Today, however, astute scholars do not see a wall between economics and culture. They acknowledge that financial hardship affects the daily lives of working-class Americans, but they add that how they respond is based on cultural beliefs that may lead them to scapegoat minority groups.
People with unstable or insufficient incomes may express their fears by talking about race because that is the way they have learned to interpret the world. People who are frustrated by their lack of progress may still try to defend the dignity of their work. It is a mistake to see economics and culture as distinct forces. Both propelled Mr. Trump to victory.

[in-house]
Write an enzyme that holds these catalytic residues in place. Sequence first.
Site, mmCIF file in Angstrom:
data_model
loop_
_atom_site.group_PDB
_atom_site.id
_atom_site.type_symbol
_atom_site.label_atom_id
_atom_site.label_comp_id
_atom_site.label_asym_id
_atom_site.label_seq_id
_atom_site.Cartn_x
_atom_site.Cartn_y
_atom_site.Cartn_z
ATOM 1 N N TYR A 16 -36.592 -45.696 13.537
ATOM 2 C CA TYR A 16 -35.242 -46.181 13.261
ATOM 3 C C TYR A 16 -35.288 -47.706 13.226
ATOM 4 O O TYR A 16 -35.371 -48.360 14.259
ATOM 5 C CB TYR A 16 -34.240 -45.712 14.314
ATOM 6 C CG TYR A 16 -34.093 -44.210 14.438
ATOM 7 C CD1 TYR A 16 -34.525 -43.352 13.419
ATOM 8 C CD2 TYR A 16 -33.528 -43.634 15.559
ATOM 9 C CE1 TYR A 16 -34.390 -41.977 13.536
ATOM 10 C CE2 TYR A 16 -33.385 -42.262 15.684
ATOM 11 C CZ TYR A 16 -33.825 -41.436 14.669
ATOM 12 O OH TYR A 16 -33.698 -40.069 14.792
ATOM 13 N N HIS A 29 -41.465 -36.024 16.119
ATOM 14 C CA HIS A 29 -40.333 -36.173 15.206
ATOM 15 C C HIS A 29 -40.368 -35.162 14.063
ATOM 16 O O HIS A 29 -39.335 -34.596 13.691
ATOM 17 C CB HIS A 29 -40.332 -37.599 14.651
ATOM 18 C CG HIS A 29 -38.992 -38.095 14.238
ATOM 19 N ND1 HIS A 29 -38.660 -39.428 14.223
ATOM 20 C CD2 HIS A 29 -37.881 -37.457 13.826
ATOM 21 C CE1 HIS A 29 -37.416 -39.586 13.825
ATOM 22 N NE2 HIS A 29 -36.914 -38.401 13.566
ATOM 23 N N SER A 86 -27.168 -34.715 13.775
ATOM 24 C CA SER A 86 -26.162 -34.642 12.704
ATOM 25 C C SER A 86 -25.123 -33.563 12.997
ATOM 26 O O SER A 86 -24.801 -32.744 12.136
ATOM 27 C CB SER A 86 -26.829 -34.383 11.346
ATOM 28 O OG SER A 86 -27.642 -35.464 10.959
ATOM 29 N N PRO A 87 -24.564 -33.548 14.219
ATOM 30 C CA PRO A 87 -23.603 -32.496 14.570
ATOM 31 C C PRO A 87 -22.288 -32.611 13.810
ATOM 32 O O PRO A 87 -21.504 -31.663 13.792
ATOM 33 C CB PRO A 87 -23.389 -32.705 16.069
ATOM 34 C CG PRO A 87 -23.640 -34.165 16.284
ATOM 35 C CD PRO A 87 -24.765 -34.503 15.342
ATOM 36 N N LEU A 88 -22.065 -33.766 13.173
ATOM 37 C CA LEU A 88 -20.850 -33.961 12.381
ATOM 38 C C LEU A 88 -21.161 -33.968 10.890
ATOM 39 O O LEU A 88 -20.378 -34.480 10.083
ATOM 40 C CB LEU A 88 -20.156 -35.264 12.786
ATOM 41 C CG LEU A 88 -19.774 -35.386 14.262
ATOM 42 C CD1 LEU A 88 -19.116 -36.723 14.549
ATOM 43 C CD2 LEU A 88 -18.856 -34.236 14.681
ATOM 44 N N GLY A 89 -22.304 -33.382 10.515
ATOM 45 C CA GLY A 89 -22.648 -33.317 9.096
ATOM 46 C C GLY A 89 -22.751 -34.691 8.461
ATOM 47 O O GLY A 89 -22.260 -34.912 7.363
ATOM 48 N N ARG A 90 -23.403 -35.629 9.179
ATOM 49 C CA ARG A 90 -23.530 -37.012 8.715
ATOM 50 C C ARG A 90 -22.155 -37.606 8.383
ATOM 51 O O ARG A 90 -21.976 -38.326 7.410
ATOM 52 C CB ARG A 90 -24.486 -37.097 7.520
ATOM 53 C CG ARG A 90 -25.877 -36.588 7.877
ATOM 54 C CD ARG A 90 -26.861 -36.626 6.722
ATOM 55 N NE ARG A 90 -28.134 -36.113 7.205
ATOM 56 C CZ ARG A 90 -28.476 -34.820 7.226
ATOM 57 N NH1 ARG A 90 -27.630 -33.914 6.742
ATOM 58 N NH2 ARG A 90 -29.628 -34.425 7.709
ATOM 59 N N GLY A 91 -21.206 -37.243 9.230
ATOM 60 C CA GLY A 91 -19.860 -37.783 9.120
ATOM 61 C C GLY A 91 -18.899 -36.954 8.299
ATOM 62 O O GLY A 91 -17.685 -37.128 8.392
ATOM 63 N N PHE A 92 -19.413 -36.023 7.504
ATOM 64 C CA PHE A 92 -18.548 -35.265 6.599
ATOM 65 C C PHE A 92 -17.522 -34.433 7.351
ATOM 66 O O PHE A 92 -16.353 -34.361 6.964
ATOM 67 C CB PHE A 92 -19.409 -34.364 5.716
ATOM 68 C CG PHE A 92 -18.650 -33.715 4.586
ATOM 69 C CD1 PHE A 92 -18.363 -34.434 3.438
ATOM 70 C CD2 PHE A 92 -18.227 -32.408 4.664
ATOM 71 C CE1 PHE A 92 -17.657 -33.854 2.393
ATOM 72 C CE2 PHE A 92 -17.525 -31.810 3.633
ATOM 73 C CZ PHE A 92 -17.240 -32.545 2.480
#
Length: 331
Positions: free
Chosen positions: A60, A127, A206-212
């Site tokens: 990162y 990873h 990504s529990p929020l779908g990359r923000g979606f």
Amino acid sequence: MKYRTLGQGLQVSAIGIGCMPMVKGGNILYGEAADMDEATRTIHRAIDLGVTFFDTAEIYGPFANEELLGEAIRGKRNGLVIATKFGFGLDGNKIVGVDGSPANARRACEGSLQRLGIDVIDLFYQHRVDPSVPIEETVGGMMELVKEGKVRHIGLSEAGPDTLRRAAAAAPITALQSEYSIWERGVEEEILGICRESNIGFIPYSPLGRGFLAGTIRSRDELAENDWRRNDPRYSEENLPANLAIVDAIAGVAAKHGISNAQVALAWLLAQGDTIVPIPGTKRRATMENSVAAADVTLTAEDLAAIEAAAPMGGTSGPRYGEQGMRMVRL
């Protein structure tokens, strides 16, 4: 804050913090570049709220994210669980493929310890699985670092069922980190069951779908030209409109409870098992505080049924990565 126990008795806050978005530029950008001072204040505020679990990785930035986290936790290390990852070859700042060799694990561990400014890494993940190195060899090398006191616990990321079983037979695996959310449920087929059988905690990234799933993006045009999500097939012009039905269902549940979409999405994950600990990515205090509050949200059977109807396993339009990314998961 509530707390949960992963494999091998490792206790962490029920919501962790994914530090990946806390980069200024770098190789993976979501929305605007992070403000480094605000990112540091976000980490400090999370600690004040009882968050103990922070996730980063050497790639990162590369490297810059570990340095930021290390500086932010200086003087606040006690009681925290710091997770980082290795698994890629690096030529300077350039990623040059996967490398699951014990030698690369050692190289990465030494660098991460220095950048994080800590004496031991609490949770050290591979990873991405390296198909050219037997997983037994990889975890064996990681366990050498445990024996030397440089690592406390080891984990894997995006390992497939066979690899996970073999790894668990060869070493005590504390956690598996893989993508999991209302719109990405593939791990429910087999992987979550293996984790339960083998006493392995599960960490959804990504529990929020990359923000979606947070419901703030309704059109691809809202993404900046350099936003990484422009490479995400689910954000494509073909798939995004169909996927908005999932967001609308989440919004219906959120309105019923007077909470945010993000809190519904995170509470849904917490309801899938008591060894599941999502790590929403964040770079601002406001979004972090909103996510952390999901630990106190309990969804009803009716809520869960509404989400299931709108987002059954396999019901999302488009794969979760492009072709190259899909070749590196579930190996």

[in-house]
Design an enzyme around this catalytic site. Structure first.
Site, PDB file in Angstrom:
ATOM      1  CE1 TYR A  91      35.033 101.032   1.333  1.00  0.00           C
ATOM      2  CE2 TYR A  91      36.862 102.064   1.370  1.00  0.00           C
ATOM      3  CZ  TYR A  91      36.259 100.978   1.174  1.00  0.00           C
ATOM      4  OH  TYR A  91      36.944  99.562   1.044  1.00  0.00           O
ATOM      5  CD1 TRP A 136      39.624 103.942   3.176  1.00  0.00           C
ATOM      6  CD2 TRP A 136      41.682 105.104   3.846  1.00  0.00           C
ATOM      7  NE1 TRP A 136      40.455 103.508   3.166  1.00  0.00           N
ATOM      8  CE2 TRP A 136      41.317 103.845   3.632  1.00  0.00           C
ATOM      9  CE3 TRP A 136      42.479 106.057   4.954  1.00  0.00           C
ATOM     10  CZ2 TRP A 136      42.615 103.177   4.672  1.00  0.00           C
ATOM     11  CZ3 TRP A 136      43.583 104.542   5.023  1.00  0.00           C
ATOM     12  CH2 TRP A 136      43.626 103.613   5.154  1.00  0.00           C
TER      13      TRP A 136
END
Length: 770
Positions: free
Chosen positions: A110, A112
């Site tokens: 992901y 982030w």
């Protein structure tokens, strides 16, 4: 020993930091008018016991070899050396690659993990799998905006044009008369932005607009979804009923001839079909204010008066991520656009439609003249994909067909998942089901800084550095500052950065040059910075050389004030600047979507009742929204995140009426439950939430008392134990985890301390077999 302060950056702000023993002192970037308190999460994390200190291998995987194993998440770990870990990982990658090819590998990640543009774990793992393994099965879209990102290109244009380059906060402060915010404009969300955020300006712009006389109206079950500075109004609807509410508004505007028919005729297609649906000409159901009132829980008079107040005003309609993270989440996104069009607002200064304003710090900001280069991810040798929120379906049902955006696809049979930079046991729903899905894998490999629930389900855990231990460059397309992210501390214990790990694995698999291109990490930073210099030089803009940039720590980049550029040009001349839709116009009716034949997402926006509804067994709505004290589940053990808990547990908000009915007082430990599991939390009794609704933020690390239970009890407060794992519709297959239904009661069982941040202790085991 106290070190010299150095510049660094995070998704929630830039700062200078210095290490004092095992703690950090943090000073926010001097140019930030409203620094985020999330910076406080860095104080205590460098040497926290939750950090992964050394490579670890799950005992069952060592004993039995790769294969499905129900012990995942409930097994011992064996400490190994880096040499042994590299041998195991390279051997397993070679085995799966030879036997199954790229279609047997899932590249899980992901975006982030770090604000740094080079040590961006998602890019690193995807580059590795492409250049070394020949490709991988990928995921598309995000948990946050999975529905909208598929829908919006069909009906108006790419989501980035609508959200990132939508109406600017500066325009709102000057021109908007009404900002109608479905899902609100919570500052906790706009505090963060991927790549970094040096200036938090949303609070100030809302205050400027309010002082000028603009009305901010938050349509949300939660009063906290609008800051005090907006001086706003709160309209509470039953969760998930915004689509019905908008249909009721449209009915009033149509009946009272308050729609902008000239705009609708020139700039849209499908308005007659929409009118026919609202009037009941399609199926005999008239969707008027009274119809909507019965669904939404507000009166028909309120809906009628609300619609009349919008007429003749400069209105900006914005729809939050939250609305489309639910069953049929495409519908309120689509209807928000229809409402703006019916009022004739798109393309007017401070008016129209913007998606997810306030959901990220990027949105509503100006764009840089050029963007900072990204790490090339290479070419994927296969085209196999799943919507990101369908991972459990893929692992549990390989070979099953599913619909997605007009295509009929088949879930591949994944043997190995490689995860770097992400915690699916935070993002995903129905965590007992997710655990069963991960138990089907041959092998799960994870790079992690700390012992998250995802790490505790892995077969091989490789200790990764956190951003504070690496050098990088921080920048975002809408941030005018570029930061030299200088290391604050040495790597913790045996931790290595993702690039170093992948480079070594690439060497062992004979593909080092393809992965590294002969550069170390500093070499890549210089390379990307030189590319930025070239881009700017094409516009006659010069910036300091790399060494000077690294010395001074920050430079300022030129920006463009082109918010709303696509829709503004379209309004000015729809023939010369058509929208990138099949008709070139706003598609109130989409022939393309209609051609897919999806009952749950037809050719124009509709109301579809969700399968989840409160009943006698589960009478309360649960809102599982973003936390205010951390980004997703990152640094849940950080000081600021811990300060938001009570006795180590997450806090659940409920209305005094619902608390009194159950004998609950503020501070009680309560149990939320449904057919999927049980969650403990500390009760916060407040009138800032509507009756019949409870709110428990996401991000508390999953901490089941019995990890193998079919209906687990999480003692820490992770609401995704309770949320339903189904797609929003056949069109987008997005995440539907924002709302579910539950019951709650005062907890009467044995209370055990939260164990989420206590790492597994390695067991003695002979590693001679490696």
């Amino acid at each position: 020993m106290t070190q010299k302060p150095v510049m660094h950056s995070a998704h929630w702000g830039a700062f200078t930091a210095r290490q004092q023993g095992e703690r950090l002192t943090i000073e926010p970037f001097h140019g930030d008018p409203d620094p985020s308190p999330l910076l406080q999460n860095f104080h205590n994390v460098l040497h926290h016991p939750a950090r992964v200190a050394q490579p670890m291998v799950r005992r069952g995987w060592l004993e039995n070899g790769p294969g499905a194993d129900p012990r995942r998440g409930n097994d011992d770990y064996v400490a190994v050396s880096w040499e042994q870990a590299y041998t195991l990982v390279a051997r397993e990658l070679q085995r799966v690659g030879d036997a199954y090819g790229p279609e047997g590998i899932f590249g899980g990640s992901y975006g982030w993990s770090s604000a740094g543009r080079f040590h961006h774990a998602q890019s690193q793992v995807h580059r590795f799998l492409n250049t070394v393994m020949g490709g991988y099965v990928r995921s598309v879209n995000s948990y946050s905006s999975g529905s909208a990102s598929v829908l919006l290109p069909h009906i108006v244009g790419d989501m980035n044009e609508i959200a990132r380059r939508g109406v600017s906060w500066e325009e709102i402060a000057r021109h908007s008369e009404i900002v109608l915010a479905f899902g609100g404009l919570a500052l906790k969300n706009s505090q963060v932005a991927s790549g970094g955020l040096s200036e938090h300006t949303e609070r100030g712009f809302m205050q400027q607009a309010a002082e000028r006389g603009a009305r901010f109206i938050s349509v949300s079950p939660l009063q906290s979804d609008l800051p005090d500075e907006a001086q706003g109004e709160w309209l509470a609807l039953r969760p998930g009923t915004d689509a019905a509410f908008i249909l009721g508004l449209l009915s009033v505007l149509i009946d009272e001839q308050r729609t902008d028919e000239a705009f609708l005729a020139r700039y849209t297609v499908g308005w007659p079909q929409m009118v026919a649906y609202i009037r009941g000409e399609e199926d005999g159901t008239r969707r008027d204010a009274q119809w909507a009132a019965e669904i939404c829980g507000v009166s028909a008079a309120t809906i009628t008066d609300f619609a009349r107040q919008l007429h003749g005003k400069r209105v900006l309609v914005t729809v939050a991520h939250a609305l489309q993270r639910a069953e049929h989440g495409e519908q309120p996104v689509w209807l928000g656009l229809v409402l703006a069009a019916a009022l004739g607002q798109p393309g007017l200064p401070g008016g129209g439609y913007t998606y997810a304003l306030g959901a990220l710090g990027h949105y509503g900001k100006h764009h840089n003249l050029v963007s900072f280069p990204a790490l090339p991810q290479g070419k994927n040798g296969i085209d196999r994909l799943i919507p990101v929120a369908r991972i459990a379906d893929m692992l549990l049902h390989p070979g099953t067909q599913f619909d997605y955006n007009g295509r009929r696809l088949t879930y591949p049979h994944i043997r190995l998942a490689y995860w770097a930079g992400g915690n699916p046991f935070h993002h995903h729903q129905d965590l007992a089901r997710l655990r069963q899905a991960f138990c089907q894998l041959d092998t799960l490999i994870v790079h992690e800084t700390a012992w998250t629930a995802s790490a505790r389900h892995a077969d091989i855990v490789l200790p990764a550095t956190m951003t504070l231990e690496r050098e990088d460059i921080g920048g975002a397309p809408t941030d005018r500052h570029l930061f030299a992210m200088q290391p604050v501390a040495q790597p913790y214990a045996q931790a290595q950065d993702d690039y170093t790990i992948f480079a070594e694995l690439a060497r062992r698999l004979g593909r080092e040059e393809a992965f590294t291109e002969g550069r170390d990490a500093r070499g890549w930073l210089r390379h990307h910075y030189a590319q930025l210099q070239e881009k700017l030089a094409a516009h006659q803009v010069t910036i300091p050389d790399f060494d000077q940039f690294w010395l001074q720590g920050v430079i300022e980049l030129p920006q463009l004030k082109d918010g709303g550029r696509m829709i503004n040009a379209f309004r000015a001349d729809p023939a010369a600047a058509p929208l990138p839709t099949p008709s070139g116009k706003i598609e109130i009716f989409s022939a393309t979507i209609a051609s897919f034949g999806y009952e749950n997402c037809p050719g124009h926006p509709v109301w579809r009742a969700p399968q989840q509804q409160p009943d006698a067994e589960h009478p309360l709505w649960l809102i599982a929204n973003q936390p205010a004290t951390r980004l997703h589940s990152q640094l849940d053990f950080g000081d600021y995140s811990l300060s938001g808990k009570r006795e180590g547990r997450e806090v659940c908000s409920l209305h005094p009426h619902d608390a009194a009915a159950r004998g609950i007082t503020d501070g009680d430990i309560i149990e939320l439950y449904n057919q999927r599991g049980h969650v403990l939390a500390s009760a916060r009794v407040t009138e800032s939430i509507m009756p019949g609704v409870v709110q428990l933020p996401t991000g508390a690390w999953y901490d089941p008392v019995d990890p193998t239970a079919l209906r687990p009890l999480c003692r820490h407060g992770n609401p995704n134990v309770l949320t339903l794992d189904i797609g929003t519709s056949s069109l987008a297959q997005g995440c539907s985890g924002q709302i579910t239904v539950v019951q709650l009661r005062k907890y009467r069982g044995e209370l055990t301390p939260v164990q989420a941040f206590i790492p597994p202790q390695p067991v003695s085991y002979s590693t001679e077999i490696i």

For a lot of white people, racism is a powerful organizing principle through which they organize how they think about the world (that makes it no less reprehensible). But there are racists who overcome that perspective–the progressive deplorables. I think they do so because they use a different framework, one that places the blame on other economic actors, such as corporations. As the polling data I raised earlier indicates, there are a lot of bigots who vote in opposition to and in spite of their bigotry.
Providing an alternative narrative beyond ‘those people are taking it from you’ seems to work with some of them.